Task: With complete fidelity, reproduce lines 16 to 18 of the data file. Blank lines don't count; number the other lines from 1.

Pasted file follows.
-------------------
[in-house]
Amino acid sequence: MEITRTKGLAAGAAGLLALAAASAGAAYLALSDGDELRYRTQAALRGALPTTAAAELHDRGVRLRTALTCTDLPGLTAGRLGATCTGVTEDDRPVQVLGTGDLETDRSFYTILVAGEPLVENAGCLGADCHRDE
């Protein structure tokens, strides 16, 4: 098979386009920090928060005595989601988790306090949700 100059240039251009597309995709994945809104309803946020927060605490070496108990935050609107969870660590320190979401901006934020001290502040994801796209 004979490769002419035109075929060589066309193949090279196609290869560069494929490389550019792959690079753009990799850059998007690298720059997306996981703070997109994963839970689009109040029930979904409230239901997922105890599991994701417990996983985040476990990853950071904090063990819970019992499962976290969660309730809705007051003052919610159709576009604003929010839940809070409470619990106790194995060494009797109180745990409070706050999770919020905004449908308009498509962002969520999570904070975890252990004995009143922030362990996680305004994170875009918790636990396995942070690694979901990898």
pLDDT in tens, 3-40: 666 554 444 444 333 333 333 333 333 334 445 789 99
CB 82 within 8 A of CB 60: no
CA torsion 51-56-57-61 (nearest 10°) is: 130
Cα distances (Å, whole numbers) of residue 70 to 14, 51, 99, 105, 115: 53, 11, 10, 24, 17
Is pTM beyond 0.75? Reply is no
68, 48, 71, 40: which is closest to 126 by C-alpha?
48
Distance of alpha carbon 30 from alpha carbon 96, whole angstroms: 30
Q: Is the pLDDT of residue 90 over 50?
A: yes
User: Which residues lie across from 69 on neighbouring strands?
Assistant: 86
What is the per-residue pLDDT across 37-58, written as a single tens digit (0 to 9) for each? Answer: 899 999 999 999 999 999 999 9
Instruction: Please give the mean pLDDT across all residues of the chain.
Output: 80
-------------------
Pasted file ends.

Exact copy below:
What is the per-residue pLDDT across 37-58, written as a single tens digit (0 to 9) for each? Answer: 899 999 999 999 999 999 999 9
Instruction: Please give the mean pLDDT across all residues of the chain.
Output: 80